1b US Postal History Timeline

1b US Postal History Timeline

1b US Postal History Timeline


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<strong>Postal</strong> <strong>History</strong> <strong>Timeline</strong><br />

Early Romans and Persians had message and relay systems.<br />

1775<br />

Continental Congress creates a postal system and names Ben Franklin the Postmaster<br />

General. He had also been a postmaster for the crown. Among his achievements as<br />

Postmaster for the Crown were establishing new postal routes, establishing mile markers, and<br />

speeding up service.<br />

IMPORTANCE: In early times, correspondents depended on friends, merchants, and Native<br />

Americans to carry messages. In 1639 a tavern in Boston was designated as a mail<br />

repository. England had appointed Benjamin Franklin as Joint Postmaster General for the<br />

Crown in 1753. Franklin inspected all the post offices, and created new shorter routes.<br />

However, in 1774 Franklin was dismissed because his actions were sympathetic to the cause<br />

of the colonies.<br />

1832<br />

First time railroads were used by the <strong>Postal</strong> Service to carry the mail. In 1864, railroad cars<br />

were set up to carry mail and equipped so that mail could be sorted on the railroad car.<br />

Railroad mail service ended in 1977.<br />

IMPORTANCE: Apart from the employees, transportation was the single most important element in<br />

mail delivery.<br />

1840<br />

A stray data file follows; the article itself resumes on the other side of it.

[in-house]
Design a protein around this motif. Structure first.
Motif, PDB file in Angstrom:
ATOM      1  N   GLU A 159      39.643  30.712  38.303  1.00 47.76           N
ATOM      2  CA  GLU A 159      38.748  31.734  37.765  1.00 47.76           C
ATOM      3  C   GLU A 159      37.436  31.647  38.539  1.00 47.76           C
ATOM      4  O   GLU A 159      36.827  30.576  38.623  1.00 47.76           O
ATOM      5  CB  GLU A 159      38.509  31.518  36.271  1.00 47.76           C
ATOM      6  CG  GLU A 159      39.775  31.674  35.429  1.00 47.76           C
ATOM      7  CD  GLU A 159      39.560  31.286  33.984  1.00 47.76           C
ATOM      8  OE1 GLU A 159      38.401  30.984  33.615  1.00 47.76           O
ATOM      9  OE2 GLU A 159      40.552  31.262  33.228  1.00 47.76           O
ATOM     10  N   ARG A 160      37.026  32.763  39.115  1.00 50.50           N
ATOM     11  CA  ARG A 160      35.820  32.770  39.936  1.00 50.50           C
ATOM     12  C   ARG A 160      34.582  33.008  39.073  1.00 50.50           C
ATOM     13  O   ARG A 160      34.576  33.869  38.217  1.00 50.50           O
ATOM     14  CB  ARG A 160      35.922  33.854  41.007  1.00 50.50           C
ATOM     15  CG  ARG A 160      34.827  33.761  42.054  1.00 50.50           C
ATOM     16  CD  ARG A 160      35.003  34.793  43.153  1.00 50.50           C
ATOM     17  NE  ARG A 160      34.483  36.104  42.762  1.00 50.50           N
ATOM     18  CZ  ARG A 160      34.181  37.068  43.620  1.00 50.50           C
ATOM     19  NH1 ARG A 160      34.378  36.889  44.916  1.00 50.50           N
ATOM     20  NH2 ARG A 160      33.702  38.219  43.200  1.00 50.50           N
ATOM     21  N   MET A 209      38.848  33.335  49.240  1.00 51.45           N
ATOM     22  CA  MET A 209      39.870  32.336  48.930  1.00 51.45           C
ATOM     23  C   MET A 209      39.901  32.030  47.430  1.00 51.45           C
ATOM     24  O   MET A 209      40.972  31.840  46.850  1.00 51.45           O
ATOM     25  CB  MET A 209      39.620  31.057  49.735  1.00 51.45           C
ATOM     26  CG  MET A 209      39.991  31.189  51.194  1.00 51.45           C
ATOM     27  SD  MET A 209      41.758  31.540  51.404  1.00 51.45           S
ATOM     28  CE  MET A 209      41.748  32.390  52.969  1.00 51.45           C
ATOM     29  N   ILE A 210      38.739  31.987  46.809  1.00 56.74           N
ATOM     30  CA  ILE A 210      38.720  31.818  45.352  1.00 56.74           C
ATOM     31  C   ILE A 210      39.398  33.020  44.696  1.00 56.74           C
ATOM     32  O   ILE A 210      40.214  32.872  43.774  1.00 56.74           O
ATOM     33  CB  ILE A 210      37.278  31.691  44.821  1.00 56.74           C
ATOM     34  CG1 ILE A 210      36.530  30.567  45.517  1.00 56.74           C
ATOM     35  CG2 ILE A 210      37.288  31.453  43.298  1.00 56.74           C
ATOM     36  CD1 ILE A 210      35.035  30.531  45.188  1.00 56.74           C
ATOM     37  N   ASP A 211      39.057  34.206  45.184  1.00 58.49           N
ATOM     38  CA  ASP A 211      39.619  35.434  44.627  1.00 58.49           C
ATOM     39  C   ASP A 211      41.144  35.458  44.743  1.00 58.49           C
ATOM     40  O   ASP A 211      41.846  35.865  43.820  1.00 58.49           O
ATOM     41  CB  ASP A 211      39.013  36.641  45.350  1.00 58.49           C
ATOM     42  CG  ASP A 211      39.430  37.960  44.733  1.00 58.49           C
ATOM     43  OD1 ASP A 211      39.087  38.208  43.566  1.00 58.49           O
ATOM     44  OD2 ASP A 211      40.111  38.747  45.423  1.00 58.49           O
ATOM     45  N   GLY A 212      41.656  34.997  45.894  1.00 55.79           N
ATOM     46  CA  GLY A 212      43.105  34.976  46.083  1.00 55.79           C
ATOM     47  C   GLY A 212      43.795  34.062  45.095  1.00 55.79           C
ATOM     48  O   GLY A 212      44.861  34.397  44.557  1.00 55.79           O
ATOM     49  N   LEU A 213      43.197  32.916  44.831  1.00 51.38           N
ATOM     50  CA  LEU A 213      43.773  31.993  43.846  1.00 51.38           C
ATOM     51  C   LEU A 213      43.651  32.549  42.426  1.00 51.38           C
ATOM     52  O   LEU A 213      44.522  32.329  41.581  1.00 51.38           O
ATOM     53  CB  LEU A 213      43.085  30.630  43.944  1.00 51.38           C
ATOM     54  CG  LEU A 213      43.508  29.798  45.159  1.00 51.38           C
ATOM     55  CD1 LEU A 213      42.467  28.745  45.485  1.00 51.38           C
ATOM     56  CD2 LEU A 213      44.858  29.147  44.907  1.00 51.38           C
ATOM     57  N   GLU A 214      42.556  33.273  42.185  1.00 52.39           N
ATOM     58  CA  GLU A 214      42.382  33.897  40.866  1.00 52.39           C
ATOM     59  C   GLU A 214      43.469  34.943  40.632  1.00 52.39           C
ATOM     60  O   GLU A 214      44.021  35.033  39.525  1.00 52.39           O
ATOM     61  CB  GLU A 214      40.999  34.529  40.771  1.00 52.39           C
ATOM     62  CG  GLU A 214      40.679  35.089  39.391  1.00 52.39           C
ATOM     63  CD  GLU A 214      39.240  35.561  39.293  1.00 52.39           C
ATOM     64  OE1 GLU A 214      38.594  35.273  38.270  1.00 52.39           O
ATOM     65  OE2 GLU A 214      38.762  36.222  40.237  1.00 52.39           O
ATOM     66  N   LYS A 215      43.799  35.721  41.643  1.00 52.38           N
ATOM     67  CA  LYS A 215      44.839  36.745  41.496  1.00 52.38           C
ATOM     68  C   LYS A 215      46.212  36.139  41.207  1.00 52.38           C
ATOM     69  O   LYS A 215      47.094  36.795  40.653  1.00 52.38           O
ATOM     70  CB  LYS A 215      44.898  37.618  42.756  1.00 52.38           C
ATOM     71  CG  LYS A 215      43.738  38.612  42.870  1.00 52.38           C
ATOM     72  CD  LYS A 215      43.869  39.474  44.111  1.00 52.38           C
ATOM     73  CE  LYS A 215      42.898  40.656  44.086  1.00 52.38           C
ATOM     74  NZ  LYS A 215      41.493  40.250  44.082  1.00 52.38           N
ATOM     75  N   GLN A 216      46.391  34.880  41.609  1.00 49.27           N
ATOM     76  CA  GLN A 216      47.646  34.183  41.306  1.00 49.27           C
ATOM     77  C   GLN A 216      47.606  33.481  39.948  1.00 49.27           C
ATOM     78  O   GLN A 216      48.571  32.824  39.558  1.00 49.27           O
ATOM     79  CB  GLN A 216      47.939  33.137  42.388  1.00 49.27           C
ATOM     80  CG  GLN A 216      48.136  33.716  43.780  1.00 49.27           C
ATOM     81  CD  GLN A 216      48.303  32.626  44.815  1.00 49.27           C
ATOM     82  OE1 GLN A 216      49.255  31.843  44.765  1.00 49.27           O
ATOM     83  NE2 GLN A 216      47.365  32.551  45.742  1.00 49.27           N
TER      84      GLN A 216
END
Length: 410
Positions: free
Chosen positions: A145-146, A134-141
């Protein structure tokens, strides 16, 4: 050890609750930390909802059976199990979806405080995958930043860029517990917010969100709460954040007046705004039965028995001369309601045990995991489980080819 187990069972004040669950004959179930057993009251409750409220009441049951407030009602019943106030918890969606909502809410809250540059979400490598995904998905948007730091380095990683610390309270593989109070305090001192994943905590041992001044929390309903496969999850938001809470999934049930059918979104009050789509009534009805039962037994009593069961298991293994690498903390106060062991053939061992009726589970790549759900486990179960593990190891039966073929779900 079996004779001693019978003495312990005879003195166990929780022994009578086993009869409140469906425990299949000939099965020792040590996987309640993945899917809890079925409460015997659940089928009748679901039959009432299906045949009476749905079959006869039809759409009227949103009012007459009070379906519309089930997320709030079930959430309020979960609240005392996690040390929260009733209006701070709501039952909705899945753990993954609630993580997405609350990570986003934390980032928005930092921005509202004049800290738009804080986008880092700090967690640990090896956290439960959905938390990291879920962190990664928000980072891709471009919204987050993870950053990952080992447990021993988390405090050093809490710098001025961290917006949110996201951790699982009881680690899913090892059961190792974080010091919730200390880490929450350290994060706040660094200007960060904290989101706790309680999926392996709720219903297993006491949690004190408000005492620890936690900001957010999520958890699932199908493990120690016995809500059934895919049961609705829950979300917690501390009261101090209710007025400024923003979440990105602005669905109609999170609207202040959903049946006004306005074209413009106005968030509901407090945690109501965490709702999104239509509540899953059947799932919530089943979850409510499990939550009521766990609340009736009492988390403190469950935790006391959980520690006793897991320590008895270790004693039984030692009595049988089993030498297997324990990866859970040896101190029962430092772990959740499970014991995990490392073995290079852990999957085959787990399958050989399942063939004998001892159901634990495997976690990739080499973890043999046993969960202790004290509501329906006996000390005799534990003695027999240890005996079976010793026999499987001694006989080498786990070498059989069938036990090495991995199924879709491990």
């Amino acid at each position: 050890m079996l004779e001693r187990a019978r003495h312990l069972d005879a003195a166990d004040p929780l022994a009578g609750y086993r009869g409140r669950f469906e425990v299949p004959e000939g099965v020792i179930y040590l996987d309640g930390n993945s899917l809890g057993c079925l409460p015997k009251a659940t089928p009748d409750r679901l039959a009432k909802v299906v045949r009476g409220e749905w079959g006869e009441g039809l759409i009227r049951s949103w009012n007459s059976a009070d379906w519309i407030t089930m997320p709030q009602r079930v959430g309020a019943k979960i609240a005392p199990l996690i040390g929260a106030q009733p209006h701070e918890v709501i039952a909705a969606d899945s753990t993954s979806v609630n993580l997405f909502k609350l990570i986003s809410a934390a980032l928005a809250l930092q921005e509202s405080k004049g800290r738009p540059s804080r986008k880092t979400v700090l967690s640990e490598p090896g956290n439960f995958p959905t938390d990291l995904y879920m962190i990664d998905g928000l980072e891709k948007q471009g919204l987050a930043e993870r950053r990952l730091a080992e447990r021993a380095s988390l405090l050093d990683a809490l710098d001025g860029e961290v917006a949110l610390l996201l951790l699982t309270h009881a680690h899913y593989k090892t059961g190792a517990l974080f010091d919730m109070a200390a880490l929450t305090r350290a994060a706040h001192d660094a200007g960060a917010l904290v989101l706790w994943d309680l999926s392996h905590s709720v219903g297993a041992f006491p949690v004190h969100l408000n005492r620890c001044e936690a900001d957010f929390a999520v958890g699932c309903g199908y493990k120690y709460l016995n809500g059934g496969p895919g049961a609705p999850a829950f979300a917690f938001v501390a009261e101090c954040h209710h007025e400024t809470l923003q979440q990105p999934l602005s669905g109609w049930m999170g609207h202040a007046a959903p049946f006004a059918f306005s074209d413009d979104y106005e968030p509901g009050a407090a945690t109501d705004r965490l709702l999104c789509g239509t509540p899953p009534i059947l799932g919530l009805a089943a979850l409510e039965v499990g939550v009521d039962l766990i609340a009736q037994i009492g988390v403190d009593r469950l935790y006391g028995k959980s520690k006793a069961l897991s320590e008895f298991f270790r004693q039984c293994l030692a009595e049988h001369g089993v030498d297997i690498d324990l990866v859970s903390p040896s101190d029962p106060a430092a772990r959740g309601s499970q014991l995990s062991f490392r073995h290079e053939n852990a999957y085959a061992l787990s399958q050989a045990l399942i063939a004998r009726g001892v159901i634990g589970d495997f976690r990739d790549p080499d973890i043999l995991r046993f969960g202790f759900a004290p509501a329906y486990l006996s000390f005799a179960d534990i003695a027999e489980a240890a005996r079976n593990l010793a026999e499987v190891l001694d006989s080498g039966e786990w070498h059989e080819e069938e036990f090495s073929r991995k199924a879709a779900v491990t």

1847<br />

1858<br />

The first adhesive postage stamp is created in England as part of a postal reform movement<br />

spearheaded by Roland Hill. Quickly, other countries started using this system of ensuring<br />

letters were paid for. Before this system, people would send letters postage due, with codes in<br />

the address or as a blank letter. This way the message would be received, but the recipient<br />

would not pay for the letter.<br />

The first U.S. postage stamp is issued.<br />

Butterfield Overland Mail provides service between Missouri and California. Delivery could<br />

take anywhere from 24 days to months. Imagine an event of nationwide significance, like a<br />

Presidential assassination, which part of the country did not know about until weeks after.<br />

IMPORTANCE: Prior to this, mail destined for California went by steamship. At one time it went<br />

around South America. Later it went to Panama, was carried across Panama, and then loaded<br />